Saturday, July 14th, 11am

 

Marilyn Cram Donahue

live at The Frugal Frigate!

About the Author

Marilyn Cram Donahue lives in East Highlands, California, where her family planted orange groves in the 1850s.  After she graduated from Pomona College, married the boy next door, and had four children, she taught English as a Second Language and began to write books. After a couple of grown-up books were published, she realized that the fifth grade was more interesting and switched to children's literature.

To date, she has published 32 books, six juvenile plays, and over 500 articles and short stories. She has also conducted over 400 seminars and workshops on writing. Marilyn has been a career Planning Advisor for Pomona College and is a consultant for the National Writing Project at the University of California, Riverside. She also teaches a memoir writing class for seniors and coordinates the monthly Meet-Ups for the Society of Children's Book Writers and Illustrators (SCBWI) in the Inland area. She enjoys speaking at schools, libraries, historical societies, and conferences, and conducts seminars for teachers who want to improve writing skills in their classrooms.

Marilyn is working on two new novels and a memoir called Lines in Time.  She likes reading, sunsets, and taking long walks at the beach.  She dislikes thunderstorms and people whose eyes roam when she is talking to them. If you ring her doorbell and she doesn't answer, you can usually find her in her garden, sitting on a swing and planning another book.

About the Book

Twelve-year-old Angie Wallace looks forward to the summer of 1939 as a bright spot in the life of Messina, the perfect summer, with long days of freedom, when life is constant, and growing up is somewhere in the future. Even the ominous news broadcasts that warn of trouble in Europe don't dampen the spirits of Angie and her friends, who decide to see if the new minister is right . . . that you can "hate the sin, but love the sinner." As a summer project, they make a list of all the townspeople who will be targets of their affection. They do all right with folk like eccentric Miss Emma and Flip Jack Kelly, but find that some, like feisty Dodie Crumper, are challenging.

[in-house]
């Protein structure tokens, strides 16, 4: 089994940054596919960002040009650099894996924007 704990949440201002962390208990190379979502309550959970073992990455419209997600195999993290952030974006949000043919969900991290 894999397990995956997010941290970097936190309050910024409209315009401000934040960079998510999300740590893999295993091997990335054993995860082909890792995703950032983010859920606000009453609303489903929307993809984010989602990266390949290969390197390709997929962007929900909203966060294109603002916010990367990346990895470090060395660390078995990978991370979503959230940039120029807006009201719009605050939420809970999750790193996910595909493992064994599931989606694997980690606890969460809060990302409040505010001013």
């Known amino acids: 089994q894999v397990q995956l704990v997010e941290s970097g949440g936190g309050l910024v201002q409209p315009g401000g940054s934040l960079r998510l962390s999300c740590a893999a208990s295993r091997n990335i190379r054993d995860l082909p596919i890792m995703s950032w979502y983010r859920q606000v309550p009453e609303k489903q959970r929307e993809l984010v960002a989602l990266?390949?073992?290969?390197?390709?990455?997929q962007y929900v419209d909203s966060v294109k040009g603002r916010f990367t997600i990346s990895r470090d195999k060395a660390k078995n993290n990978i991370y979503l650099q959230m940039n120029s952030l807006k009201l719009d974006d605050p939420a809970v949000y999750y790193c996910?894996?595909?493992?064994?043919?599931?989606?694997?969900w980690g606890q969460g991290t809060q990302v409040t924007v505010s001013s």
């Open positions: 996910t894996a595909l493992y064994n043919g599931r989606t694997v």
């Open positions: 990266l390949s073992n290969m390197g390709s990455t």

As the girls move through their neighborhood to-do list, they can't help but notice that there is something strange about the unexpected return of Jefferson Clement to his home town. He wears a nice suit and a carnation in his buttonhole, and he seems popular among many of the townspeople. But his actions toward the girls make them more and more certain that he can't be trusted. Warned by her mother to keep her distance from Jefferson, Angie soon finds that Jefferson doesn't intend to stay away from her or her friends.

When Dodie Crumper falls from a cliff above Sycamore Creek, Angie witnesses the tragedy. She knows that Jefferson was to blame, though he didn't actually push Dodie from the cliff. When Angie is called upon to testify, she is faced with a life-changing choice. Should she tell the truth and let Jefferson go free. Or should she lie and send him to jail, where she is sure he belongs. Her dilemma challenges everything she understands about truth and justice.

Starred Reviews:

Kirkus Review: 

"In lingering, evocative prose, this story is demonstratively reminiscent of To Kill a Mockingbird, including a stifling courtoom inquiry of the town scapegoat and a girl's loss of innocence."

Booklist:

"This well-plotted . . . treatment of an important topic is sure to spark discussions."

School Library Journal:

"Donahue creates a memorable pair of antagonists . . . the novel's climax and its aftermath further underscores a recurring theme of the dangers of false appearances. A leisurely pace, careful language, and a nostalgic tone . . . make it appropriate for younger readers or classroom discussion . . . and align with the novel's gentle handling of a serious topic. A thoughtful historical fiction and coming of age story."

VOYA:

"An interesting story. The historical aspect is well constructed . . . The exploration of how silence can perpetuate the actions of a known abuser and how a young teen can use her voice to end it conveys a powerful message."

School Library Connection:

"An atmospheric coming-of-age story with plenty of plot twists and turns."